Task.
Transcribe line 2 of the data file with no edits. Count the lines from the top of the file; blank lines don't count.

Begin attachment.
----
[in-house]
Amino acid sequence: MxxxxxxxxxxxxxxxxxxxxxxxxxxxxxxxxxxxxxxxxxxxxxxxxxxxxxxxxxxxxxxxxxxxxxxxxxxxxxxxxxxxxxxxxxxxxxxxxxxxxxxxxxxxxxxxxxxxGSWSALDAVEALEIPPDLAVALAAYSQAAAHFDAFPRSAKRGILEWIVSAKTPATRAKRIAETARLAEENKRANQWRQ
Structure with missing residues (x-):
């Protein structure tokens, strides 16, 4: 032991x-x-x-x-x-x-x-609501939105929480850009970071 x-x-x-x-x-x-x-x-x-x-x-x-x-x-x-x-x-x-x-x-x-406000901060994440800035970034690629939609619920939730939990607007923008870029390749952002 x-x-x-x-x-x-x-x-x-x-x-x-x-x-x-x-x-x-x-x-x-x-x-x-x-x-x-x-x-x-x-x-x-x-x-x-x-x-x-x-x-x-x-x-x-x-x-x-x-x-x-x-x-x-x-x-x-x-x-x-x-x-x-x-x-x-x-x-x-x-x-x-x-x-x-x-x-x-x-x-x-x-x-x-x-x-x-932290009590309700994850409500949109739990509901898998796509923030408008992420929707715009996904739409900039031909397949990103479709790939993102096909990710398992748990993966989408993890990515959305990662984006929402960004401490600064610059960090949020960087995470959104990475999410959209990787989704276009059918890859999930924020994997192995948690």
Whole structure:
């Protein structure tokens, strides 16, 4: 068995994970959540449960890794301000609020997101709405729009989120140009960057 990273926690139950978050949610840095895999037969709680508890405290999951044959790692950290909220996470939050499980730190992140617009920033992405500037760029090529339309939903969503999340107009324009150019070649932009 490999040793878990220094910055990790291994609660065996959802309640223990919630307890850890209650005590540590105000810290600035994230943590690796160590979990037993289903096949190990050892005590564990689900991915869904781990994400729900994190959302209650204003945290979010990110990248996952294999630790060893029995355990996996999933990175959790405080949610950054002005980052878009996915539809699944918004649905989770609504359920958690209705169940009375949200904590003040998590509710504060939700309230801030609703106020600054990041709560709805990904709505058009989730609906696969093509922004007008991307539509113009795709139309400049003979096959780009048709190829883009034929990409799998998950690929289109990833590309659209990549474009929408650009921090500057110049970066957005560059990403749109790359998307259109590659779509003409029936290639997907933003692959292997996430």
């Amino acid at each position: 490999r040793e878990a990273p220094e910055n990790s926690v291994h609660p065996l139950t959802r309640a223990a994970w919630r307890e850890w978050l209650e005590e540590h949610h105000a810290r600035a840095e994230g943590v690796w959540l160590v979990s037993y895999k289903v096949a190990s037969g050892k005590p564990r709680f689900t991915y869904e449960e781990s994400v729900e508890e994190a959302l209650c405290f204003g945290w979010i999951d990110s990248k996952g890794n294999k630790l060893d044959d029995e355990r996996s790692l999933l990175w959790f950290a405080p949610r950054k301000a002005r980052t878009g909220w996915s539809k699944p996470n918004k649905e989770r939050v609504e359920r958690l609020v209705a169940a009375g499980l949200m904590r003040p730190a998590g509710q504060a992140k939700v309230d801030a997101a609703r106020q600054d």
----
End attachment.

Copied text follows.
Amino acid sequence: MxxxxxxxxxxxxxxxxxxxxxxxxxxxxxxxxxxxxxxxxxxxxxxxxxxxxxxxxxxxxxxxxxxxxxxxxxxxxxxxxxxxxxxxxxxxxxxxxxxxxxxxxxxxxxxxxxxxGSWSALDAVEALEIPPDLAVALAAYSQAAAHFDAFPRSAKRGILEWIVSAKTPATRAKRIAETARLAEENKRANQWRQ